• There’s TRUTH . . . and then there’s IDEOLOGY
  • Karl Mannheim
    • Ideology: ideas that are biased or self-interested
    • Ideology remains a political weapon to use against an opponent
  • Commonalities Among Modern Ideologies
    • Modern: last 200 years
    • Origins traced to Europe or European-North America
    • Secular: do not rely on belief in God
    • Humanist: human-centred, human happiness, human agency
    • Agenda for society: change (or not)

Left, Right, Centre?

    • Not universally applicable: the “centre” changes depending on your context, politics, factors, etc.
    • Standard continuum fits conservatism, liberalism, and socialism
    • Issue determines the placement on the continuum
      • Change?
      • Equality?
      • Role of the government/state?
      • Patriarchy?
      • Property rights?
      • Native rights?
      • The environment?
    • BUT:
      • Not all people who identify themselves (or are identified) as are part of an ideology share all of its beliefs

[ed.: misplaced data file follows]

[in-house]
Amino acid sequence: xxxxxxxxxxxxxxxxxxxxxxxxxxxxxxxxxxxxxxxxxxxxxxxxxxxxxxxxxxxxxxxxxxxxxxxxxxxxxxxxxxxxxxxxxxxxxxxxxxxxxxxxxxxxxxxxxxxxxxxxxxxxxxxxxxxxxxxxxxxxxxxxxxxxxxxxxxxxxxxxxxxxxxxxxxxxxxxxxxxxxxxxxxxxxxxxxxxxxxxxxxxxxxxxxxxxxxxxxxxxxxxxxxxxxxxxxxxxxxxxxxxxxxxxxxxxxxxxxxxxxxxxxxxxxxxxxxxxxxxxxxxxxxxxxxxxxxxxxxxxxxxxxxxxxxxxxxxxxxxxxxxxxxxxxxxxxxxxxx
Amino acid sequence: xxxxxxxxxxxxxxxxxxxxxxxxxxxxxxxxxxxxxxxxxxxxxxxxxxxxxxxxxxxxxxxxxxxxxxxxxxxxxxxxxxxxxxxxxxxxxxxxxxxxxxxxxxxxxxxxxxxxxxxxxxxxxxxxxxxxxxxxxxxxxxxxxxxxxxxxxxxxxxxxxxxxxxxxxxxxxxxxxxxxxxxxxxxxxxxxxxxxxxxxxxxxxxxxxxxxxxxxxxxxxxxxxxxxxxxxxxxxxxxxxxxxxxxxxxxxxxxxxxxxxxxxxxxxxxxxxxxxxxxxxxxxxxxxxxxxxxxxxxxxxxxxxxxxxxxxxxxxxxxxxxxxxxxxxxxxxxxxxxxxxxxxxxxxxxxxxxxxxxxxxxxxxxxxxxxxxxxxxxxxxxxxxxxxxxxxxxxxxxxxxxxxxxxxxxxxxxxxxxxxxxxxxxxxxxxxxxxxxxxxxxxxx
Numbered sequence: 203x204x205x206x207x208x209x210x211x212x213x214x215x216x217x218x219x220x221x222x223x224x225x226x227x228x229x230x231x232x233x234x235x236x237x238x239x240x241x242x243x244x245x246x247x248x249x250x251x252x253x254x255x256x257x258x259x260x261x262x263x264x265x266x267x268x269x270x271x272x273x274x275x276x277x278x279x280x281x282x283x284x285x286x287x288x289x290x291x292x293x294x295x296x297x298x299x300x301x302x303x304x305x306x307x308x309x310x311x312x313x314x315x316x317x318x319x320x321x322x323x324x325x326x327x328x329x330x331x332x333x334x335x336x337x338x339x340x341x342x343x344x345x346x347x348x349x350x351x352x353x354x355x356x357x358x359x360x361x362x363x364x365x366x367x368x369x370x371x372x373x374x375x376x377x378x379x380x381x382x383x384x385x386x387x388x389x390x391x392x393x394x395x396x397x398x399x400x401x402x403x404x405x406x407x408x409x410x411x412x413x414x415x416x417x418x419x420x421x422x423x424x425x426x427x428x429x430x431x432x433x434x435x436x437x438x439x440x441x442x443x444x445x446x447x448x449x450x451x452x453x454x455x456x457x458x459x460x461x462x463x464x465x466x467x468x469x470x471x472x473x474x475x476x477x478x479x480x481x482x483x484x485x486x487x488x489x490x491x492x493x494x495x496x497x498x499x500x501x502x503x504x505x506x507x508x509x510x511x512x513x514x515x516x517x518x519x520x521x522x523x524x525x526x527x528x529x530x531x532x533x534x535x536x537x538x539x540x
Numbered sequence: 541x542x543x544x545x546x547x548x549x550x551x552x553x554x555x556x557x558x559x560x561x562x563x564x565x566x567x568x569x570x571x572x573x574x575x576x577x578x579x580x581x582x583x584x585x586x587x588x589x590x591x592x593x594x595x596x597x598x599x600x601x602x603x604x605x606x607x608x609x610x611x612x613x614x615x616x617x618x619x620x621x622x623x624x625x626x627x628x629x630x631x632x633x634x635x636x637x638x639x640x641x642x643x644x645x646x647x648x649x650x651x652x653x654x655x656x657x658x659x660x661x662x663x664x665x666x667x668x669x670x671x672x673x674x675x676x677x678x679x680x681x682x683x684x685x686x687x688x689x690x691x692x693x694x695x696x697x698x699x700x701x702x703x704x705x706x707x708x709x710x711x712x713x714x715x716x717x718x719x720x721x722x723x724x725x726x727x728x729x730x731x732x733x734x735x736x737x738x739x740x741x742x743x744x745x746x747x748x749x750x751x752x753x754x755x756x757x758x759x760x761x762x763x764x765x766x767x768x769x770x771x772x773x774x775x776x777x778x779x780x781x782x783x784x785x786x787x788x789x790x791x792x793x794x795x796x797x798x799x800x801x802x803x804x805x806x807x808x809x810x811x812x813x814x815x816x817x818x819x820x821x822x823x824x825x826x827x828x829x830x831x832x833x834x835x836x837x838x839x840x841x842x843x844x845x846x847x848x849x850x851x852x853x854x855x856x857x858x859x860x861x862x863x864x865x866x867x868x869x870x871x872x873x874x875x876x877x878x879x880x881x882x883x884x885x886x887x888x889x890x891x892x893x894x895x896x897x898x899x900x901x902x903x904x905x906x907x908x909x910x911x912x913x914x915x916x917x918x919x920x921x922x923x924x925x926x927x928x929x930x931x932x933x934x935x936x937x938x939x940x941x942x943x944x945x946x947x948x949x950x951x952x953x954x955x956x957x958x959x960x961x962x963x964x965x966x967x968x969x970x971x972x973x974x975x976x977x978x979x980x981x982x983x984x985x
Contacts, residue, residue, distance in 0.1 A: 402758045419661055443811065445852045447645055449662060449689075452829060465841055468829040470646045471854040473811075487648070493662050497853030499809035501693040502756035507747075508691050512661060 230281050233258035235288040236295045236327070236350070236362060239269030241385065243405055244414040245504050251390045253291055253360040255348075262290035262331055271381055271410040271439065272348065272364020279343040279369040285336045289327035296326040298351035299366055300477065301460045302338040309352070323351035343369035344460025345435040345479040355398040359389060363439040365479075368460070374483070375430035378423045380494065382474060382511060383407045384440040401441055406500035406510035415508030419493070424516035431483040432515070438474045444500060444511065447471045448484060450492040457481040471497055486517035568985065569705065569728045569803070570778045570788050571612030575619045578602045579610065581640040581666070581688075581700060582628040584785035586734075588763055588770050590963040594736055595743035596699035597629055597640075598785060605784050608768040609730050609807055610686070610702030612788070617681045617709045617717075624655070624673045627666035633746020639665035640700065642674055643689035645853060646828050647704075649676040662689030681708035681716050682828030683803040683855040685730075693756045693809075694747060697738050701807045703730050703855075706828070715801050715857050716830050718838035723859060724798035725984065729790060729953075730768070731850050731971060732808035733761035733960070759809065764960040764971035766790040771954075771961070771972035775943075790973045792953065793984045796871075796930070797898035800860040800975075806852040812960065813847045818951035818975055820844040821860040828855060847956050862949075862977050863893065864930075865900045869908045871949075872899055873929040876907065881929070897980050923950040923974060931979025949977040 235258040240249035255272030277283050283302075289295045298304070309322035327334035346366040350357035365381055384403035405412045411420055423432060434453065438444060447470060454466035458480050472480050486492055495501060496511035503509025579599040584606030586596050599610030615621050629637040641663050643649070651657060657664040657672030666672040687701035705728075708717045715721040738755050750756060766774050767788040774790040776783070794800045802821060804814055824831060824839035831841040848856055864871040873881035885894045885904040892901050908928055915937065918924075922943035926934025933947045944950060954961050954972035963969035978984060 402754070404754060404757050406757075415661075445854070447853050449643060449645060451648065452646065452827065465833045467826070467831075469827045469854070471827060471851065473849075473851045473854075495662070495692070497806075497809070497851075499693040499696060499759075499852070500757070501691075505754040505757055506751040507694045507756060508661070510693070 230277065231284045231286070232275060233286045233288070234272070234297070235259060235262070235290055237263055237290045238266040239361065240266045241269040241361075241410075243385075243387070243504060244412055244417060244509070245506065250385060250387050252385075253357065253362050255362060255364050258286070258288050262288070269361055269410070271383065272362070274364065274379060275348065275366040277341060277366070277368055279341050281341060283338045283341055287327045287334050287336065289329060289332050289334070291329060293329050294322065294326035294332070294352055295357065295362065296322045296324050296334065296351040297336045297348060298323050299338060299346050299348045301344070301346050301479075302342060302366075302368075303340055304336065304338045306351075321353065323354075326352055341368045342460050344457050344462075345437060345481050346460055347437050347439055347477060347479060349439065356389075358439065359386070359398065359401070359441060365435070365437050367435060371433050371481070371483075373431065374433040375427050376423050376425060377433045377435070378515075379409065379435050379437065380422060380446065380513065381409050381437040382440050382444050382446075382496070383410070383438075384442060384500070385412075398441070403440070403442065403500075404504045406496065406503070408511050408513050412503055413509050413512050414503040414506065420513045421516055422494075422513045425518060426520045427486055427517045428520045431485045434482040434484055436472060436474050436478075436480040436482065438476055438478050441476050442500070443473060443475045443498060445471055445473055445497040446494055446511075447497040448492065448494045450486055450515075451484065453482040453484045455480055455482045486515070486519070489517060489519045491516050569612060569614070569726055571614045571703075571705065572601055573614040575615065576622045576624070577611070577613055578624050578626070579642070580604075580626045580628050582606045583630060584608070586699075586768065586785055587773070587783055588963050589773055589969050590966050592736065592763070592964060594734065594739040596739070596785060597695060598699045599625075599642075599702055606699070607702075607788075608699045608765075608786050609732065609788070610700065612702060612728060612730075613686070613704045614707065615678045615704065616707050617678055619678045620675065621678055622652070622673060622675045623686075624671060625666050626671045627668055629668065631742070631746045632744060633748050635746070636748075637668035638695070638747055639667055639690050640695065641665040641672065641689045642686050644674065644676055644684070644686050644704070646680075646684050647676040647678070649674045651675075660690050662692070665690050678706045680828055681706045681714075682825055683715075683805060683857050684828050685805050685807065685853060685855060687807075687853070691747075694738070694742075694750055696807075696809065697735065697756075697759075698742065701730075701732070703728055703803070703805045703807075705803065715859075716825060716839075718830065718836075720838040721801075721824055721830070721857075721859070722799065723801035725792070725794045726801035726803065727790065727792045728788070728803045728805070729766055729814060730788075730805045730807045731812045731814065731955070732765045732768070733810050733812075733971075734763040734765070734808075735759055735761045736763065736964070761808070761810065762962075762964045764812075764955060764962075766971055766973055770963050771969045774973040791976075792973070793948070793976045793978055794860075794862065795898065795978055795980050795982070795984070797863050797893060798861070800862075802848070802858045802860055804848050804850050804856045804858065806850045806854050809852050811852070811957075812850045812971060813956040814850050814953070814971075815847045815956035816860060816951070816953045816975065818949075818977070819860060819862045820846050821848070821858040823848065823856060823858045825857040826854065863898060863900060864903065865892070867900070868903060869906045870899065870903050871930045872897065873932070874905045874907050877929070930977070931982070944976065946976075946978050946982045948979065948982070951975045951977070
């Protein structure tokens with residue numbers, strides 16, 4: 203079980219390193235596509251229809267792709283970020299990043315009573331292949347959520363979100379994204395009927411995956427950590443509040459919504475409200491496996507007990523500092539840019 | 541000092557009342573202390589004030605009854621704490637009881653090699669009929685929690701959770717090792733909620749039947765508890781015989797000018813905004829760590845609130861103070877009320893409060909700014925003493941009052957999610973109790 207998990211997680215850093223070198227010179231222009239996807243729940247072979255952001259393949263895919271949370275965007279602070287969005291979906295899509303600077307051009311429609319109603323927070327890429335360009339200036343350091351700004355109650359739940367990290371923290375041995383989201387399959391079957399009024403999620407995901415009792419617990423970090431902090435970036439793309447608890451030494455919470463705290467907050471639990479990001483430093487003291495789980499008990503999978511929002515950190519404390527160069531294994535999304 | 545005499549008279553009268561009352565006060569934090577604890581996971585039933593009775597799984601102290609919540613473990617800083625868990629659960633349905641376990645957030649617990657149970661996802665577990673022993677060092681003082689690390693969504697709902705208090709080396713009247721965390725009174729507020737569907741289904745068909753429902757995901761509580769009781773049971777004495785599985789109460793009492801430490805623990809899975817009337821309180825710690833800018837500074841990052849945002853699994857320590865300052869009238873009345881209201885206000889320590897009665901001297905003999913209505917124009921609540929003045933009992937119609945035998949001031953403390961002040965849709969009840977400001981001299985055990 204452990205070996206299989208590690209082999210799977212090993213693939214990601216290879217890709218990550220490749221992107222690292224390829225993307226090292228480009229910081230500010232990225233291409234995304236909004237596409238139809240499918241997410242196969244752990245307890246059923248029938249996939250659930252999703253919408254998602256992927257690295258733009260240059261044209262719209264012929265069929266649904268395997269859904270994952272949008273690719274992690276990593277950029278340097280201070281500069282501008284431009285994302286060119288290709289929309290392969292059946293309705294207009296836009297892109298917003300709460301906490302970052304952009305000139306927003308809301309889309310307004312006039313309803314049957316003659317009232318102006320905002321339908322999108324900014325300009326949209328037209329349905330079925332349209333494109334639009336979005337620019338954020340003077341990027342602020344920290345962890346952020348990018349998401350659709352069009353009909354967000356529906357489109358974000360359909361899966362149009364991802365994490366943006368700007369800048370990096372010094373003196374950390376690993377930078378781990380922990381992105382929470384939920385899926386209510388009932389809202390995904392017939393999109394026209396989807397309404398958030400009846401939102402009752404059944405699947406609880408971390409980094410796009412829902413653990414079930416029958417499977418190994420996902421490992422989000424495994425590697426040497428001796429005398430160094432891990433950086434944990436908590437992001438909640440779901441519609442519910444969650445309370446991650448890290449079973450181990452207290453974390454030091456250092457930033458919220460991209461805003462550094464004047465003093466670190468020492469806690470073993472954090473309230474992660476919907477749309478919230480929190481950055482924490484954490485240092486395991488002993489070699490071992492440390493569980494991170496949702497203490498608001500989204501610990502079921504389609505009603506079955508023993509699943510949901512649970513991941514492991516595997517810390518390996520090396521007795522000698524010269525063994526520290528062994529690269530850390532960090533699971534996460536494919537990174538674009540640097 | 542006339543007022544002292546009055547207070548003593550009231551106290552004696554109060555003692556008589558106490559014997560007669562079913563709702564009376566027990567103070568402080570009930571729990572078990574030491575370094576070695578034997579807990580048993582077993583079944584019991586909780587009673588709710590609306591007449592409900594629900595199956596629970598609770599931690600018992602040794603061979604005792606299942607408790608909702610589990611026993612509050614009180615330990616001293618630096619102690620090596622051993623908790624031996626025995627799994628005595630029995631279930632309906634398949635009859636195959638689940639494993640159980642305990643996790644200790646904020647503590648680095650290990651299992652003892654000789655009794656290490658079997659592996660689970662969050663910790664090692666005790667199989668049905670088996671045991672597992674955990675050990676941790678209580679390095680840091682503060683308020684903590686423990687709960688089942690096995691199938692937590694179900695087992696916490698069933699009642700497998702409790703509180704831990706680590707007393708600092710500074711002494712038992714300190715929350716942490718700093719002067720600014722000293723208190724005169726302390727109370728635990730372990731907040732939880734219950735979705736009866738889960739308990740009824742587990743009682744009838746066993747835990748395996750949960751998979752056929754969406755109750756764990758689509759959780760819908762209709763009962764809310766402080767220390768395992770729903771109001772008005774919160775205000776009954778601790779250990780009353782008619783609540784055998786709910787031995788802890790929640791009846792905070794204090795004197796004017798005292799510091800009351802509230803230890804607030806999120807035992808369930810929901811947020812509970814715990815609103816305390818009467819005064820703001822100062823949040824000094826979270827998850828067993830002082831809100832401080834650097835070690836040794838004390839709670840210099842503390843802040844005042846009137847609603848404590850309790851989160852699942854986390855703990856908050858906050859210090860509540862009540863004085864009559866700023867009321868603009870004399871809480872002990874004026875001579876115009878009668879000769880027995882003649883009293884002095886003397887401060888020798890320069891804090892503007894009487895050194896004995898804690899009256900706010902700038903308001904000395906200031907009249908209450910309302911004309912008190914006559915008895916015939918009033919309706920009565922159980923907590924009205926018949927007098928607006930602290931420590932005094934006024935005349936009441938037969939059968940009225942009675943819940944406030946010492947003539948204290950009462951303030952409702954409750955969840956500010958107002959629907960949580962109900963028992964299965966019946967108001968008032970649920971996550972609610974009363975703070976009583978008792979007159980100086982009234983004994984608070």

• The conclusions of some people in the same ideology may be very different from each other

What are we doing with ideologies?

    • “Ideologies” as belief systems that we are seeking to describe
    • We will examine each ideology by understanding its view of:
      • 1. Human Nature
      • 2. Society
      • 3. Freedom
      • 4. Justice
      • 5. The State

We need to understand ideologies because we are embedded in (stuck inside) them and they make our world understandable to us not only in political terms, but social, economic, scientific, etc.